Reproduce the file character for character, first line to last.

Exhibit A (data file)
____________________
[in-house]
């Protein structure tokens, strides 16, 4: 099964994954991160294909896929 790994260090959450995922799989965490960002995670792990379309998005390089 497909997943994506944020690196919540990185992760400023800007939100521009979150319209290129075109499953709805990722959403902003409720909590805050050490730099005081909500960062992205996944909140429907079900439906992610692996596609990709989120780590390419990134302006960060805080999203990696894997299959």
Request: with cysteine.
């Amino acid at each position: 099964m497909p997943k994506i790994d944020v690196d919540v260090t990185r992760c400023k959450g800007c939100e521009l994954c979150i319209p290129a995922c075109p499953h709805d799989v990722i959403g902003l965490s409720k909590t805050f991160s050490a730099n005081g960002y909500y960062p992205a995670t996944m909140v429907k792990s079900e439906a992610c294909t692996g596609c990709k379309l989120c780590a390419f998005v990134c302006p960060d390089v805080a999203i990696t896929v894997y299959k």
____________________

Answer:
[in-house]
């Protein structure tokens, strides 16, 4: 099964994954991160294909896929 790994260090959450995922799989965490960002995670792990379309998005390089 497909997943994506944020690196919540990185992760400023800007939100521009979150319209290129075109499953709805990722959403902003409720909590805050050490730099005081909500960062992205996944909140429907079900439906992610692996596609990709989120780590390419990134302006960060805080999203990696894997299959």
Request: with cysteine.
């Amino acid at each position: 099964m497909p997943k994506i790994d944020v690196d919540v260090t990185r992760c400023k959450g800007c939100e521009l994954c979150i319209p290129a995922c075109p499953h709805d799989v990722i959403g902003l965490s409720k909590t805050f991160s050490a730099n005081g960002y909500y960062p992205a995670t996944m909140v429907k792990s079900e439906a992610c294909t692996g596609c990709k379309l989120c780590a390419f998005v990134c302006p960060d390089v805080a999203i990696t896929v894997y299959k």